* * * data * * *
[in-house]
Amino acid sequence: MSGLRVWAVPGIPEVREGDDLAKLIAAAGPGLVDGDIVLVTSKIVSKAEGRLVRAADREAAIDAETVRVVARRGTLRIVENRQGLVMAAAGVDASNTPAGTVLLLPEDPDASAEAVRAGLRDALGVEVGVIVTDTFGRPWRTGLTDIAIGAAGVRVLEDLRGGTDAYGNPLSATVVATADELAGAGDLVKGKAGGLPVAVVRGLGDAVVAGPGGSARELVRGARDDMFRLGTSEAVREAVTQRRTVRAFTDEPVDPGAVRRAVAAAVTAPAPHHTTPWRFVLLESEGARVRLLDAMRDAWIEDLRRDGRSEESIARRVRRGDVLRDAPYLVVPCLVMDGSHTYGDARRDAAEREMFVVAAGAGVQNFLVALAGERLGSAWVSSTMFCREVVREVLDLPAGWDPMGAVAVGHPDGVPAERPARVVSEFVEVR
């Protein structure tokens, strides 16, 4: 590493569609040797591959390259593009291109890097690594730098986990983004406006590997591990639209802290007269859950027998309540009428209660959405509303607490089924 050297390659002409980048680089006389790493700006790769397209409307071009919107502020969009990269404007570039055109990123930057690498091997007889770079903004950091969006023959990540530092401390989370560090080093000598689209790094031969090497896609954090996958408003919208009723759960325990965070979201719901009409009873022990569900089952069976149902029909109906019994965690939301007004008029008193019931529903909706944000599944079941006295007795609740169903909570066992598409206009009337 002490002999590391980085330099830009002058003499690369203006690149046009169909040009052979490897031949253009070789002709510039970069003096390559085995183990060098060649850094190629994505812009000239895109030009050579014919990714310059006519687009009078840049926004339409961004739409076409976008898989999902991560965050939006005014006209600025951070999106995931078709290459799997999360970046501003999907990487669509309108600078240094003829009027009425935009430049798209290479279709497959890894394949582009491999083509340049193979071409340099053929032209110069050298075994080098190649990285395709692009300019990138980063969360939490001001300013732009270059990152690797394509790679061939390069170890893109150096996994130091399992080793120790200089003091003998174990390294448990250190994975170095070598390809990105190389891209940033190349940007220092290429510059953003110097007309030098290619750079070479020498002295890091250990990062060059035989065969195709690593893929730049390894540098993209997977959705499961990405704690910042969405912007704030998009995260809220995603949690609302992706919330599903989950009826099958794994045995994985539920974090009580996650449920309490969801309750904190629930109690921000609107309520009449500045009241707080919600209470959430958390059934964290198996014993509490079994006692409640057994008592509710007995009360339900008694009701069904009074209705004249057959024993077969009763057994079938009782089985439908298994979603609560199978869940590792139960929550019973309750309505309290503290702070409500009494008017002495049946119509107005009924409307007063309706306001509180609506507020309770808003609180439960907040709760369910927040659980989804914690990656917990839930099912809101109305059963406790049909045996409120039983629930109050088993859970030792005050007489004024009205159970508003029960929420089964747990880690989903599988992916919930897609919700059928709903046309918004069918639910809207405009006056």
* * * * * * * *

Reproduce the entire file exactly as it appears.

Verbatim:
[in-house]
Amino acid sequence: MSGLRVWAVPGIPEVREGDDLAKLIAAAGPGLVDGDIVLVTSKIVSKAEGRLVRAADREAAIDAETVRVVARRGTLRIVENRQGLVMAAAGVDASNTPAGTVLLLPEDPDASAEAVRAGLRDALGVEVGVIVTDTFGRPWRTGLTDIAIGAAGVRVLEDLRGGTDAYGNPLSATVVATADELAGAGDLVKGKAGGLPVAVVRGLGDAVVAGPGGSARELVRGARDDMFRLGTSEAVREAVTQRRTVRAFTDEPVDPGAVRRAVAAAVTAPAPHHTTPWRFVLLESEGARVRLLDAMRDAWIEDLRRDGRSEESIARRVRRGDVLRDAPYLVVPCLVMDGSHTYGDARRDAAEREMFVVAAGAGVQNFLVALAGERLGSAWVSSTMFCREVVREVLDLPAGWDPMGAVAVGHPDGVPAERPARVVSEFVEVR
């Protein structure tokens, strides 16, 4: 590493569609040797591959390259593009291109890097690594730098986990983004406006590997591990639209802290007269859950027998309540009428209660959405509303607490089924 050297390659002409980048680089006389790493700006790769397209409307071009919107502020969009990269404007570039055109990123930057690498091997007889770079903004950091969006023959990540530092401390989370560090080093000598689209790094031969090497896609954090996958408003919208009723759960325990965070979201719901009409009873022990569900089952069976149902029909109906019994965690939301007004008029008193019931529903909706944000599944079941006295007795609740169903909570066992598409206009009337 002490002999590391980085330099830009002058003499690369203006690149046009169909040009052979490897031949253009070789002709510039970069003096390559085995183990060098060649850094190629994505812009000239895109030009050579014919990714310059006519687009009078840049926004339409961004739409076409976008898989999902991560965050939006005014006209600025951070999106995931078709290459799997999360970046501003999907990487669509309108600078240094003829009027009425935009430049798209290479279709497959890894394949582009491999083509340049193979071409340099053929032209110069050298075994080098190649990285395709692009300019990138980063969360939490001001300013732009270059990152690797394509790679061939390069170890893109150096996994130091399992080793120790200089003091003998174990390294448990250190994975170095070598390809990105190389891209940033190349940007220092290429510059953003110097007309030098290619750079070479020498002295890091250990990062060059035989065969195709690593893929730049390894540098993209997977959705499961990405704690910042969405912007704030998009995260809220995603949690609302992706919330599903989950009826099958794994045995994985539920974090009580996650449920309490969801309750904190629930109690921000609107309520009449500045009241707080919600209470959430958390059934964290198996014993509490079994006692409640057994008592509710007995009360339900008694009701069904009074209705004249057959024993077969009763057994079938009782089985439908298994979603609560199978869940590792139960929550019973309750309505309290503290702070409500009494008017002495049946119509107005009924409307007063309706306001509180609506507020309770808003609180439960907040709760369910927040659980989804914690990656917990839930099912809101109305059963406790049909045996409120039983629930109050088993859970030792005050007489004024009205159970508003029960929420089964747990880690989903599988992916919930897609919700059928709903046309918004069918639910809207405009006056």